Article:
UK

Richmond Park Issues Safety Warning To Visitors After Woman Savagely Gored By Rutting Stag

'I thought I was going to die.'

13/10/2017 10:45 BST | Updated 13/10/2017 10:45 BST
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Richmond Park officials have issued safety advice after a woman was gored by a rutting stag 

One of London’s most famous parks has issued a stark safety warning to visitors after a woman was savagely gored by a rutting stag. 

Milliner Yuan Li - who has made hats for stars including Holly Willoughby, Myleene Klass, and Michelle Keegan - reportedly sustained a number of serious injuries after a male deer with “huge” antlers charged at her in Richmond Park last Friday. 

The 43-year-old was left with six puncture wounds following the incident, one of which required treatment by a plastic surgeon. 

Li told the Evening Standard she was scared for her life when she noticed one of the male deer - which can weigh up to 190kg - running towards her.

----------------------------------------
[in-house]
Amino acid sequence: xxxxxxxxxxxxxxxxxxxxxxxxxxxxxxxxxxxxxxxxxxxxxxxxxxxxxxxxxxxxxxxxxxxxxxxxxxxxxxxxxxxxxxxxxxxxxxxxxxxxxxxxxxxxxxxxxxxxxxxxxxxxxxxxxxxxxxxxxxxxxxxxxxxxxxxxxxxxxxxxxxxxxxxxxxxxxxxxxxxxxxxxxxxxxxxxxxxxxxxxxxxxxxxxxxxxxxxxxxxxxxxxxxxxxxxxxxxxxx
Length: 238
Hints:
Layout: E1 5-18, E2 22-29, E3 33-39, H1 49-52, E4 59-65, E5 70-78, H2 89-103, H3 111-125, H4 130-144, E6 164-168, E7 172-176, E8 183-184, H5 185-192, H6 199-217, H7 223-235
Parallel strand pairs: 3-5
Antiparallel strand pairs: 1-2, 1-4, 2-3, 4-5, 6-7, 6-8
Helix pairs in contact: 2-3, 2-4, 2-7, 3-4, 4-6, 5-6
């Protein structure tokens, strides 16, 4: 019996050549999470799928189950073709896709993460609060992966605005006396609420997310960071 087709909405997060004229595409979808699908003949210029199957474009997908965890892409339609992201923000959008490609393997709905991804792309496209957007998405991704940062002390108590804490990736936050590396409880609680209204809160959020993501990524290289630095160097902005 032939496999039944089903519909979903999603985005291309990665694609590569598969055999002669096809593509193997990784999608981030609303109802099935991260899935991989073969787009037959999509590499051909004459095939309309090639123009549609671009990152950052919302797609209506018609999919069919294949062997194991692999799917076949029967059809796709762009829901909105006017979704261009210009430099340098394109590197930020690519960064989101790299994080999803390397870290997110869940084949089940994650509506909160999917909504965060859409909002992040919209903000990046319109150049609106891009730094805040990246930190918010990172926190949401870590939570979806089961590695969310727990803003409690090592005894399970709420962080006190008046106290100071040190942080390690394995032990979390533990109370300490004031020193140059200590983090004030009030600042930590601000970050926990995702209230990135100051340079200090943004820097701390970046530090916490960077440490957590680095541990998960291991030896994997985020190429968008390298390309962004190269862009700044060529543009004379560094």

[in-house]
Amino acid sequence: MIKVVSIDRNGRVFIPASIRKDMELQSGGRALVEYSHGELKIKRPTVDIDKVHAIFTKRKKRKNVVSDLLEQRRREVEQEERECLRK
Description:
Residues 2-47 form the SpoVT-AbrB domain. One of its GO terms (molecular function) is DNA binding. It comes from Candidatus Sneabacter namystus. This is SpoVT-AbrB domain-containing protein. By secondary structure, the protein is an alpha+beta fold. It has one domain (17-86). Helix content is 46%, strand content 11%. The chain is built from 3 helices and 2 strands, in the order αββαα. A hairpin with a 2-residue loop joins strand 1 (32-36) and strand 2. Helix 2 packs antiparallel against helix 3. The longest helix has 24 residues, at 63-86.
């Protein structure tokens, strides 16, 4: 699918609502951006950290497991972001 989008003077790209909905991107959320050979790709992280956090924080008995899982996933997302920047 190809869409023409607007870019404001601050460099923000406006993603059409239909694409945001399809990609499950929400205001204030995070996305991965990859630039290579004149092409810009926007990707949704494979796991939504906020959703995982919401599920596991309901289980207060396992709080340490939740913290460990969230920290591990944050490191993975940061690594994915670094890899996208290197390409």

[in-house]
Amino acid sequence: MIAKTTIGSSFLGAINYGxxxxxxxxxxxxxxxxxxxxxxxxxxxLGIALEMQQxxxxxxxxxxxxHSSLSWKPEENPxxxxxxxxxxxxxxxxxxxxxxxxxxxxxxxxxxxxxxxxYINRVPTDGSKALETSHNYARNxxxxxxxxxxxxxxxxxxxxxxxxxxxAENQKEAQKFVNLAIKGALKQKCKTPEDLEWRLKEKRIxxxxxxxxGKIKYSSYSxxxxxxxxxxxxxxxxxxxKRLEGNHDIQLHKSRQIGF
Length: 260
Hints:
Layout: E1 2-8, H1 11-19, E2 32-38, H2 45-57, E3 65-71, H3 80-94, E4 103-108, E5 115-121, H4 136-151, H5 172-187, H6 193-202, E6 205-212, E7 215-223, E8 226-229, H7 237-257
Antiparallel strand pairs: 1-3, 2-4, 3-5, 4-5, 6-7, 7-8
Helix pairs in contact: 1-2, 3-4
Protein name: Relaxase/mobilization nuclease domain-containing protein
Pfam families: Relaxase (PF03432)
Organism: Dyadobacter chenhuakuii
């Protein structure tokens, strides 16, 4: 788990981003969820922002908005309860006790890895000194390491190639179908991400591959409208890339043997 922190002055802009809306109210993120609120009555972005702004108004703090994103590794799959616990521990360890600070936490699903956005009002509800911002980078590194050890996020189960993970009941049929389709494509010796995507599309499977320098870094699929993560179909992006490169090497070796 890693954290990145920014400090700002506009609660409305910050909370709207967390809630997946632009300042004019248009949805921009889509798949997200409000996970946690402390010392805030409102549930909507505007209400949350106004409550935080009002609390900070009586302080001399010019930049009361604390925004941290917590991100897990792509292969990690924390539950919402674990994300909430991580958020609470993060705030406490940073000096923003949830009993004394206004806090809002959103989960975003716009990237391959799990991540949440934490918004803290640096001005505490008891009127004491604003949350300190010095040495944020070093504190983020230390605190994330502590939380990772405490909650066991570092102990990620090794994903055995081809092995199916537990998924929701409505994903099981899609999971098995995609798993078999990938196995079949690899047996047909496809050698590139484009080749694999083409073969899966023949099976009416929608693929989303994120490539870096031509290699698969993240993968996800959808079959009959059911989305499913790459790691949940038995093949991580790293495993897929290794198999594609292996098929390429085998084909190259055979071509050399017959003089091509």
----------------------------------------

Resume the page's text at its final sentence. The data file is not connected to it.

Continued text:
“I thought I was going to die,” she told the paper. “He attacked me with his antlers. It went into my body. I was mauled on the ground screaming.

Yuan Li
Milliner Yuan Li was left with six puncture wounds after the incident 

“It attacked my stomach where all the major organs and arteries are... There was so much blood.” 

Officials at the 2,500 acre Richmond Park, one of London’s eight royal parks, have now released urgent advice to the public about how to avoid further incidents. 

The National Nature Reserve is home to around 630 Red and Fallow deer, which have roamed freely in the area since 1637. 

Park manager Adam Curtis described the incident as a “frightening accident”, saying it was a “powerful warning to others why it is dangerous to crowd deer, especially during the autumn rutting (mating) season”.  

During this breeding period, males roar, bark and clash antlers in an attempt to fight off rivals and attract as many females as possible. 

PA Wire/PA Images
Male deer are particularly dangerous during rutting season 

“Stags are wild animals and especially unpredictable at this time,” Curtis said. 

“They’re pumped full of testosterone and can act aggressively, especially if they feel threatened.

“We’ve prominent warning signs at key locations asking people to stay at least 50m away from deer.

“And we urge anyone visiting our parks to keep their distance to prevent a more serious accident happening in the future.”

He added: “We’re very sorry to hear a woman has been injured and we hope she makes a speedy recovery.